If you’re a French beginner, use a dictionary while you play to learn new words! Come down to the LRC to play! Jouons!

New game at the LRC: Dixit

dixit box

We have a fun new game in the LRC that can be played in any language! Dixit uses beautifully illustrated cards that players then have to either describe or match to another player’s description. We encourage you to use your second (or third, or fourth) language to play Dixit. Beginners can use single word descriptors and advanced language learners can put together an entire story about their card if they want.

One player chooses a card from their hand and, without showing the other players, gives a clue about the card. This clue can be a direct description, a proverb that relates to it, a story, a pop-culture reference… Anything goes as long as you use your language skills. Let’s use the following three cards as examples:

footstepsfuture picgood and evil

Left: 黒いです
Kuroi desu
It’s black

Middle: 未来の写真
Mirai no shashin
Picture of the future

Right: 時間が眠っているあいだ、二つの大きいな力が戦っている
Jikan ga netteiru aida, futatsu no ookiina chikara ga tatakatteiru
While time sleeps, the two great powers fight

These examples are in Japanese, but Dixit can be played in any language. Even if you only know a few words, you can try something like the first example. If you don’t know a word that you want to use, there’s no shame in looking it up. Rather, it’s an excellent way to supplement your vocabulary. Then you can teach the new word(s) to someone else! You could also try playing in pairs or teams. Two heads are better than one! You can work together to come up with something more correct or complex in your target language. Team members can also work together to figure out what the clue means in English. Then they can better match one of their cards to the clue and play it.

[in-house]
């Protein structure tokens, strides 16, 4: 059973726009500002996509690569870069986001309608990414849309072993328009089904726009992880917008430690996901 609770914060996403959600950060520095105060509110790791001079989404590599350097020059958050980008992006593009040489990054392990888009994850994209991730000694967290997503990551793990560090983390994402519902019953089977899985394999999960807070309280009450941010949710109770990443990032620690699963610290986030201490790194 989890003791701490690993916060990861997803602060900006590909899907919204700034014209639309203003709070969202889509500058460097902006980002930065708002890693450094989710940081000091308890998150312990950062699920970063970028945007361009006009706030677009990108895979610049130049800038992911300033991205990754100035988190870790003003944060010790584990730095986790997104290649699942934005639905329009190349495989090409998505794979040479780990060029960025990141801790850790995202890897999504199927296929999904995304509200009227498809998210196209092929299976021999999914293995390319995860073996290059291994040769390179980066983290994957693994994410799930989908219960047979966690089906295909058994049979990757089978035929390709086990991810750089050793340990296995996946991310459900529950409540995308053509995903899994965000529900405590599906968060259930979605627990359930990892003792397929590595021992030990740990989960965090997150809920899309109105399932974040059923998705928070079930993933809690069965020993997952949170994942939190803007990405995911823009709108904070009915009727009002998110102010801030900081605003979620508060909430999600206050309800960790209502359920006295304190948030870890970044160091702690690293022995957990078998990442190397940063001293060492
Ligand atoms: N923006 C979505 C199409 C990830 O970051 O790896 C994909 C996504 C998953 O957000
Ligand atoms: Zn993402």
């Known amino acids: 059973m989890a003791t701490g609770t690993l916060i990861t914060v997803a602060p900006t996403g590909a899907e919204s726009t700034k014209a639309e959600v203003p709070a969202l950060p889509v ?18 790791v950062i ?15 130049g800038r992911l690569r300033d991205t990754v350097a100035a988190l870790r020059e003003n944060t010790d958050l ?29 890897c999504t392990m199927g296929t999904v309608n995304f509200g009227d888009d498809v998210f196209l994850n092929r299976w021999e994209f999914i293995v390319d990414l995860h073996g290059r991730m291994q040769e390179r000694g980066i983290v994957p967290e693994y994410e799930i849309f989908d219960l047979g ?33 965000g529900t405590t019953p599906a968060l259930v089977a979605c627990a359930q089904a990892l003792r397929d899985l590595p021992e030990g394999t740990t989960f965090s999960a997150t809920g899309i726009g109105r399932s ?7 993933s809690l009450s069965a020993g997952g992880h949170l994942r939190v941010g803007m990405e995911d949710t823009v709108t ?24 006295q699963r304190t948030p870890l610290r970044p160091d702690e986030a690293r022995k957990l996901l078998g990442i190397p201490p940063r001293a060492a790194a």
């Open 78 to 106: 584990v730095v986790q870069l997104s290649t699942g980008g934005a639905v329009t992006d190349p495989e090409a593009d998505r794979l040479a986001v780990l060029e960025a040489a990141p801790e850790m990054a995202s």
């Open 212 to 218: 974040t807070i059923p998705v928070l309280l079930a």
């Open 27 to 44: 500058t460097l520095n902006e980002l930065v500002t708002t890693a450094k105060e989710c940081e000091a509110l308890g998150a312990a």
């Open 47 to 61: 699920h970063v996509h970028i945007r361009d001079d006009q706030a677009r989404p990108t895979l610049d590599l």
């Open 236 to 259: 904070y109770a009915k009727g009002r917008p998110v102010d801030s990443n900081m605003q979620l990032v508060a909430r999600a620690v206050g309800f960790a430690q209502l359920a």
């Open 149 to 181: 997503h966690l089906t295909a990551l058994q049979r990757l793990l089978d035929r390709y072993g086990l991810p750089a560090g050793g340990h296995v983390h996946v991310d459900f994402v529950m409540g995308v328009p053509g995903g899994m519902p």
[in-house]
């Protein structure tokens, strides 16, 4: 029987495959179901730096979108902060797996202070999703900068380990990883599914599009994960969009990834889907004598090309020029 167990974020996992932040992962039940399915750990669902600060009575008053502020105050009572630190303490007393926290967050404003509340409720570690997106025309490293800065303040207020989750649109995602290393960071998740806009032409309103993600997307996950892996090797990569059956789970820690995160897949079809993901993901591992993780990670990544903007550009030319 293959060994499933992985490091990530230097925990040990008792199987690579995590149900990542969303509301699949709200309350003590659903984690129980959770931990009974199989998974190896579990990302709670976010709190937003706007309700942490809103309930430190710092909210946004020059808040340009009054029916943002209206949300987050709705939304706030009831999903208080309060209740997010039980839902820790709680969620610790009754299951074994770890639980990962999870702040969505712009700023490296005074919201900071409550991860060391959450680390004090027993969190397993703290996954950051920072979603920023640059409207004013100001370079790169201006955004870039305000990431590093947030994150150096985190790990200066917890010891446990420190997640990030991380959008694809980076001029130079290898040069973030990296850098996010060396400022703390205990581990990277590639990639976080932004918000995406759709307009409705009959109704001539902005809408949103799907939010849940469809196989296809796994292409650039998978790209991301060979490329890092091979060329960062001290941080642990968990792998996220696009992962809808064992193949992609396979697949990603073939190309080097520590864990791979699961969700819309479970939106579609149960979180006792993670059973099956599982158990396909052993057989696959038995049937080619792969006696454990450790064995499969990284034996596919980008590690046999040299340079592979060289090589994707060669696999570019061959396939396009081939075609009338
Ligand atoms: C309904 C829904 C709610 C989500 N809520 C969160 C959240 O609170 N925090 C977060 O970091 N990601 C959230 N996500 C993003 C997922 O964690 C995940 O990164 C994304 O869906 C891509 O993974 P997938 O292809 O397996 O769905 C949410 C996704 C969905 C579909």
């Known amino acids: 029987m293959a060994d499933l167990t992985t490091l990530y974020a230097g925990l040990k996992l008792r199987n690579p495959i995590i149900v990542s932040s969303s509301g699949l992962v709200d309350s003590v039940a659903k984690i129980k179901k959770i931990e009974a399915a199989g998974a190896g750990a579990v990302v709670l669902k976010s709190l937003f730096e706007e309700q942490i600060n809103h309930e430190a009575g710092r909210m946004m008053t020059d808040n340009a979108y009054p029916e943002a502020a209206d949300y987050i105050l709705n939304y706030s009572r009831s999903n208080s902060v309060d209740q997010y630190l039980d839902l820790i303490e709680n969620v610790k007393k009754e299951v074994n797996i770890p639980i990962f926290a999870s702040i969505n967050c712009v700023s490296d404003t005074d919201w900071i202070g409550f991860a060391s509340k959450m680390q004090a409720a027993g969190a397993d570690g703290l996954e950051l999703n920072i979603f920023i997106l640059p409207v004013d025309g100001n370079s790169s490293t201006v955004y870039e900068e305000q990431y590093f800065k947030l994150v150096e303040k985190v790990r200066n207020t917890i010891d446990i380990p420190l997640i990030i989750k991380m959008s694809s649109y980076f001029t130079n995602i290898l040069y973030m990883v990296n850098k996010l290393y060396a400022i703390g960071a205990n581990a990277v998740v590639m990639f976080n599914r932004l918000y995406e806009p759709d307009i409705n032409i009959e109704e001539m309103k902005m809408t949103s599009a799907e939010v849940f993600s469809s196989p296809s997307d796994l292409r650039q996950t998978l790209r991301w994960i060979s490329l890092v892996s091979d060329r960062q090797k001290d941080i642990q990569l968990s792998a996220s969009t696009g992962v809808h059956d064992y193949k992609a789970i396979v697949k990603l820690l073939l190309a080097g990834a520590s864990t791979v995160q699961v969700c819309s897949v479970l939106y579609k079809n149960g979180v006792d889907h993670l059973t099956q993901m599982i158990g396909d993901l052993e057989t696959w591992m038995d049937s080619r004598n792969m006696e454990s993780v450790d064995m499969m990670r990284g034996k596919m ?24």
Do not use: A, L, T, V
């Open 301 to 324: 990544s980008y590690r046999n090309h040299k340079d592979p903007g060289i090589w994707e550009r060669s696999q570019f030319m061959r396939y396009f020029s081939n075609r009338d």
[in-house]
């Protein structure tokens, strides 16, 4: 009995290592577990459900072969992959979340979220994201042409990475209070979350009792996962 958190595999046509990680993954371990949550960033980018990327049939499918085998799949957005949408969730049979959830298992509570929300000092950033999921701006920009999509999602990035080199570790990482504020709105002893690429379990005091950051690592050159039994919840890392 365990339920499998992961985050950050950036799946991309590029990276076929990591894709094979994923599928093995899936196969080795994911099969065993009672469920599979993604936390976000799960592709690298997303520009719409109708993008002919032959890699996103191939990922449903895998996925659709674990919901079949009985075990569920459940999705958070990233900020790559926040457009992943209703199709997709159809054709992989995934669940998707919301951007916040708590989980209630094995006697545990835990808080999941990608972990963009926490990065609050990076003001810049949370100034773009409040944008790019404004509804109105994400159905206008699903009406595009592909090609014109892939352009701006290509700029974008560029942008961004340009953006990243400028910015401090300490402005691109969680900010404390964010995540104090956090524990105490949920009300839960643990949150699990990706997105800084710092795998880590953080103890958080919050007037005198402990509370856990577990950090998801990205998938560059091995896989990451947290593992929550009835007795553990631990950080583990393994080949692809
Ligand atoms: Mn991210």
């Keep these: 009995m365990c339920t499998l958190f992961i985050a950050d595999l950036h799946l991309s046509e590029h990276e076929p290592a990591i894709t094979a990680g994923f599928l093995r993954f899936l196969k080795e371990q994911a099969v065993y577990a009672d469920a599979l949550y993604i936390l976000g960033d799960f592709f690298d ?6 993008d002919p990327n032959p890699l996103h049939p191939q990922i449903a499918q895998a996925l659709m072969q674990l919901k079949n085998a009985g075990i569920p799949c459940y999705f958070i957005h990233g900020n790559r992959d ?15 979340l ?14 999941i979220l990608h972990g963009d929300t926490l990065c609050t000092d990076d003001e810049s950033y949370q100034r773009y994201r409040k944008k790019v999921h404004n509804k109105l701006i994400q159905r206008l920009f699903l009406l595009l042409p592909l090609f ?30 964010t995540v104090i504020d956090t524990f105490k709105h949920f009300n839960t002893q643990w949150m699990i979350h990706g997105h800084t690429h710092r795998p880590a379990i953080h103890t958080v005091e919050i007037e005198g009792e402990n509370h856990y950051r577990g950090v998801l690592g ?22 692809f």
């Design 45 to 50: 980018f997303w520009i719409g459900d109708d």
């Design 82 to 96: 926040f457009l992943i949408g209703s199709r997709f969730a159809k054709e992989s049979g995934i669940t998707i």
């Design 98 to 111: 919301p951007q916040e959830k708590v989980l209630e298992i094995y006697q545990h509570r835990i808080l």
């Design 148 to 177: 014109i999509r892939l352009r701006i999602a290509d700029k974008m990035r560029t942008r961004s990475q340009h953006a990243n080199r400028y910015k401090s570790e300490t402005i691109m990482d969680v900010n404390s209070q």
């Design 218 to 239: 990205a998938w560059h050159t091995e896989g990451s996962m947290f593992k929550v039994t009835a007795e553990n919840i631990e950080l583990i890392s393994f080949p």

Once all the players/teams have submitted a card that they think matches the clue, all the cards are revealed. Everyone then votes on the card that they think the clue was originally based on. Scoring is based on how many people find that card.

Dixit can be played with as few as 3 people (with some minor adjustments) according to the traditional rules. However, you could also just use the cards to practice vocabulary, creating sentences, or other oral skills on your own or with only one friend. Try drawing a card and making up a story to go with it, or identifying all the visual attributes of the card. Beginners can try naming all the colors used, nouns, or something that uses equally basic language skills. You can do this individually or team up with a friend to help each other and check each other’s work. Alternately, try telling each other stories based on the cards and see if your partner can understand. If one of you is artistic, you could even describe the card and have your partner draw it.

You can also use Dixit to practice dictation. While one player gives their hint or describes the card orally, the other player(s) write what they hear. This could be especially useful for languages like Chinese, Japanese, and Arabic which have writing systems other than the Roman alphabet that English uses.

Dixit is incredibly flexible, with so many different ways to play, it can be both fun and educational for all language learners regardless of skill or language. Come try it out!